2550 West 10th Avenue (1927); plus many other schools
The Ministry of Education’s formula for seismic upgrading heritage schools threatens many of Vancouver’s heritage schools, Kitsilano Secondary is most immediately under threat.
What is the threat to Kitsilano Secondary School?
The possibility of Kitsilano Secondary School being completely or partially demolished is very real. Two options, currently being tested on the school website involve demolition of the school or demolition of all but significant portions of the 1928 heritage classroom block. Only one of the options calls for the complete retention of this significant heritage school.
Kitsilano could well be the next victim of the BC Ministry of Education’s Seismic Mitigation Program. The Ministry’s current funding formula favours new schools with approximately 2/3 of the square footage of the existing school over seismically upgraded heritage schools.
The Ministry’s formula does not take into account the heritage significance of schools and threatens the future of all of Vancouver’s heritage schools. Unless the funding formula is changed, Kitsilano may go the way of Dickens School, which despite tireless efforts by the community, was demolished in the summer of 2008.
Why is Kitsilano Secondary School Significant?
Kitsilano Secondary School is listed on the City of Vancouver Heritage Register. In the 2007 report “Vancouver Schools – Establishing Their Heritage Value” Kits Secondary scored 25 out of a possible 25 points and is rated in the ‘Superior’ category.
This historic school, a local landmark, was originally built on an impressive scale and reveals the high value the community placed on public education. Its main building is set prominently on a rise along West 10th Avenue. Adding to the imposing nature of the building are three stairways set into the school’s strikingly landscaped grounds. Each stairway consists of rounded concrete walls and columns leading from the sidewalk at the corner edges of the property onto the grounds of the school. An additional grand stairway centered on 10th Avenue leads to the main entrance.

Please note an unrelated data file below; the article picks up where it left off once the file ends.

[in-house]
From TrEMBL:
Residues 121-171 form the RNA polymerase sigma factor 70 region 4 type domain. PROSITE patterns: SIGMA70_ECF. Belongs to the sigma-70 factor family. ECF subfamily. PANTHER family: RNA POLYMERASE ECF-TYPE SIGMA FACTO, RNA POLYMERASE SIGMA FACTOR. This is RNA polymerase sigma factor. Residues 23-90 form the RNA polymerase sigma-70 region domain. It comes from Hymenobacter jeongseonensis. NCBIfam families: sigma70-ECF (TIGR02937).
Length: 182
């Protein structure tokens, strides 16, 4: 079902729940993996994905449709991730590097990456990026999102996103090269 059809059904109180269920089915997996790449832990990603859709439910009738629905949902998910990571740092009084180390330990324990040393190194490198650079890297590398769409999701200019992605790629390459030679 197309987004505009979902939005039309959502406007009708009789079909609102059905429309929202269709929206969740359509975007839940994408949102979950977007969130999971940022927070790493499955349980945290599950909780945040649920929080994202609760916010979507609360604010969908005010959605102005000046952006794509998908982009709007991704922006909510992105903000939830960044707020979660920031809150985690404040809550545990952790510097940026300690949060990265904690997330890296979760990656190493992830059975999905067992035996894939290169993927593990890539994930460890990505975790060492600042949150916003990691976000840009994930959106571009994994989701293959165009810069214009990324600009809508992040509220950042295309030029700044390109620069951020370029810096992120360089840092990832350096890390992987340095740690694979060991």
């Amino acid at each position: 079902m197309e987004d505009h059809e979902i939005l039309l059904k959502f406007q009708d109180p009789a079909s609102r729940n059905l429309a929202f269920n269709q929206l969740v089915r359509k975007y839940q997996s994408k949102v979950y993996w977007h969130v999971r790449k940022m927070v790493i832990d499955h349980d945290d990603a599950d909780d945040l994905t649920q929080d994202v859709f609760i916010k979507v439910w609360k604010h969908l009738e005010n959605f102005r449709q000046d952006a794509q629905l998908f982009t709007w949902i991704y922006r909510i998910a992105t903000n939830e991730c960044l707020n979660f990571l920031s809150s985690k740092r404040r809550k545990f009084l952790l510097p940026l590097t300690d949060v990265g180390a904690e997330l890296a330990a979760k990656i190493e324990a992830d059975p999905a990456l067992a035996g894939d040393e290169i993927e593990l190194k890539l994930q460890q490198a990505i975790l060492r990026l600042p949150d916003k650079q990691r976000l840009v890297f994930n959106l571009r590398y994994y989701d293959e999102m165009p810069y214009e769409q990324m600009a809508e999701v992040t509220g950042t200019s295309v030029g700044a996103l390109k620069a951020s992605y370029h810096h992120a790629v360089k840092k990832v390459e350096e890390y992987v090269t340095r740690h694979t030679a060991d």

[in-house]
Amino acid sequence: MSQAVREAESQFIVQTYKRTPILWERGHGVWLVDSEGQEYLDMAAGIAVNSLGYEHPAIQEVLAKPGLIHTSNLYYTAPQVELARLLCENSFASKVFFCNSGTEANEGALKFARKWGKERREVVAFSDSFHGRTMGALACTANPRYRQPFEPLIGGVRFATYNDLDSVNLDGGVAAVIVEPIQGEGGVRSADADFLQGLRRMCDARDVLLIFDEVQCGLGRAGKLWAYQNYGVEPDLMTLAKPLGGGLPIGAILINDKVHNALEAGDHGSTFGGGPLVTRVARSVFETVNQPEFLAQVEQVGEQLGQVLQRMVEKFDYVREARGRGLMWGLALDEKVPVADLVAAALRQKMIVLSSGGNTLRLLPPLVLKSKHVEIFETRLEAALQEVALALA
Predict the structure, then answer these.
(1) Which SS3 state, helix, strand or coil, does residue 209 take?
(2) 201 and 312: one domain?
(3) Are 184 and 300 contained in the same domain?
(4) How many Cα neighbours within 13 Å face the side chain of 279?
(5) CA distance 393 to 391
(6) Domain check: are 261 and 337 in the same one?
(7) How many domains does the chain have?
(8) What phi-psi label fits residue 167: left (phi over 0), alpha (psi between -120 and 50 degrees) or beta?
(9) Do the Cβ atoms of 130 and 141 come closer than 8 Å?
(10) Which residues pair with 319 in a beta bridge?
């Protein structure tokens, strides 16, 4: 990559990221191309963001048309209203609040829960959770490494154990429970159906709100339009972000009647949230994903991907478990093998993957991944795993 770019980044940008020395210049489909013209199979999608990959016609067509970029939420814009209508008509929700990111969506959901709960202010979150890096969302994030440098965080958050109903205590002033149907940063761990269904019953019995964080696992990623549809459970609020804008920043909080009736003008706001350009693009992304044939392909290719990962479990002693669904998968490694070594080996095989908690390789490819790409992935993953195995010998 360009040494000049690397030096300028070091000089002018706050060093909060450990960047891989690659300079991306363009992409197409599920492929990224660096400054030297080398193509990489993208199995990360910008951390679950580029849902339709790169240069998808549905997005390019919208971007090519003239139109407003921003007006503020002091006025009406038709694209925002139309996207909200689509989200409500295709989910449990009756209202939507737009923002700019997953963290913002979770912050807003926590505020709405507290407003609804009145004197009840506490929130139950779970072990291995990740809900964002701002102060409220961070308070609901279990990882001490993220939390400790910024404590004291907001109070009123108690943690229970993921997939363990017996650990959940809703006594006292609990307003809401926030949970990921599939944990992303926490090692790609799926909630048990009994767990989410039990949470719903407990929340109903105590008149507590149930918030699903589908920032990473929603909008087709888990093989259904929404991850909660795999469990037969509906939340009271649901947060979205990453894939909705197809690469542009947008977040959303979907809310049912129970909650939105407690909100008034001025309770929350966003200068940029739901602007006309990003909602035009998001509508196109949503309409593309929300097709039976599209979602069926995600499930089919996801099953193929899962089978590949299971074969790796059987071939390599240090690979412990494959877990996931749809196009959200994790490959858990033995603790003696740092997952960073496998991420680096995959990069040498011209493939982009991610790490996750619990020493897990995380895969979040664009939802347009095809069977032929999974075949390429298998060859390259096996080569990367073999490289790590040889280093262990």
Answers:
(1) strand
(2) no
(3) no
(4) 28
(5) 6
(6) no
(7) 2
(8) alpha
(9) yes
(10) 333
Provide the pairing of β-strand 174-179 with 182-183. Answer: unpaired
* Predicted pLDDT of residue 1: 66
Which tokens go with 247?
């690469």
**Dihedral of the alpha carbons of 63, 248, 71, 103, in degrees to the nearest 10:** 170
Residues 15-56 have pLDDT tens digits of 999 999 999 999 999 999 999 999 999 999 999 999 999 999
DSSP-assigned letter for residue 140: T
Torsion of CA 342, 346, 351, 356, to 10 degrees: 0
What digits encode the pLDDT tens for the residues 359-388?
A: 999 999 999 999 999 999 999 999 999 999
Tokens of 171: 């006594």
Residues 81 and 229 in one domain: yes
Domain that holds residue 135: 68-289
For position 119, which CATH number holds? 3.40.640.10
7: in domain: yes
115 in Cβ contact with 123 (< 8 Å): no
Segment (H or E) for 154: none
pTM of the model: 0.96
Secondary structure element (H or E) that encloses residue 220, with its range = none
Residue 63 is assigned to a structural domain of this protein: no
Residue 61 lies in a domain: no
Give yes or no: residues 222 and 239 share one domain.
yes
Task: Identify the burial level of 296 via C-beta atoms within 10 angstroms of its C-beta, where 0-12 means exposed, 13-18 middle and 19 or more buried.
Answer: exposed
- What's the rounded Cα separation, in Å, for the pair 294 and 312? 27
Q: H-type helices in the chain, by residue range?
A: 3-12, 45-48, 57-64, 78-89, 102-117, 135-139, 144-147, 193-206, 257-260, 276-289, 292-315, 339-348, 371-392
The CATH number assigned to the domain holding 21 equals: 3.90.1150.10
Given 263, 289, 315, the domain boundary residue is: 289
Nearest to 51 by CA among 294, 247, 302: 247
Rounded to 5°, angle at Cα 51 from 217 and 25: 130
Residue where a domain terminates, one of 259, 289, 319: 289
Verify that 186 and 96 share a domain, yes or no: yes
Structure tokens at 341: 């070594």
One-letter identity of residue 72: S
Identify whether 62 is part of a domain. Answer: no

Of particular interest are the three arched recessed entrances facing 10th Avenue, of which the main central entrance is adorned with the school name and leads into an inner lobby displaying a student memorial to those who died fighting in WWII. The building’s interior was designed to be naturally lit, with high ceilings, which permit large operable windows and good ventilation and broad hallways boasting natural light.
The original main three-storey structure facing 10th Avenue was designed by Vancouver School Board staff architect Frank A. A. Barrs and built between 1926 and 1928, in the Collegiate Gothic style popular for learning institutions at the time.
In 1958, as the neighbourhood grew to accommodate the post-WWII housing construction boom, a Modernist-style addition designed by school architect Allan B. Wilson was erected to the south side of the original building.
Later, a third expansion occurred in 1973 with the addition of a single storey exposed concrete structure on the southeast corner of the property. All of these annexes revealed changing approaches to both education and architecture.
In 2005 the BC Ministry of Education introduced the Education Seismic Mitigation Program to seismically upgrade or replace schools at risk from earthquake damage, The Ministry applied a funding formula that limits the cost of a seismic retrofit to 70% of the cost of the construction of a new ‘purpose built school’. These schools usually have 2/3rd of the square footage of the existing school.
In 2007 the City of Vancouver and the Vancouver School Board contracted with Commonwealth Historic Resource Management Limited to produce a document entitled “Vancouver Schools – Establishing Their Heritage Value”. This study did a casual heritage assessment of all Vancouver’s schools with the objective to identify and prioritize schools with heritage significance. This was to ensure that decisions to upgrade or replace schools are informed by potential heritage values. The recommendations of this report have yet to be approved.
In August 2008, the Vancouver School Board contracted with Commonwealth Historic Resource Management Limited to write a Statement of Significance for Kitsilano Secondary School.
In September 2008, The School Building Closure and Disposal policy was created to limit school districts’ ability to dispose of school properties without government approval.
In February 2009, the Kitsilano Parent Advisory Council and its School Renewal-Seismic Mitigation Committee, in collaboration with the Vancouver School Board, hosted a survey, a public open house and a public workshop regarding the options of school seismic mitigation/renewal for Kitsilano Secondary School with the objective of creating the concept of what the ideal neighbourhood school might look like. The process is ongoing.
Heritage Vancouver’s Position
Heritage Vancouver urges the Vancouver School Board to retain and seismically upgrade Kitsilano Secondary School. This significant heritage school and community landmark has an important place in Vancouver’s educational history and in the memory of many Kitsilano families.
The seismic upgrading and the restoration of both the buildings and grounds will ensure that Kitsilano Secondary continues to be a superior educational institution and a community landmark.
We urge the Ministry of Education to change its current funding formula and to come up with other creative ways to seismically upgrade and preserve our heritage schools.
General Gordon School Renwal Committee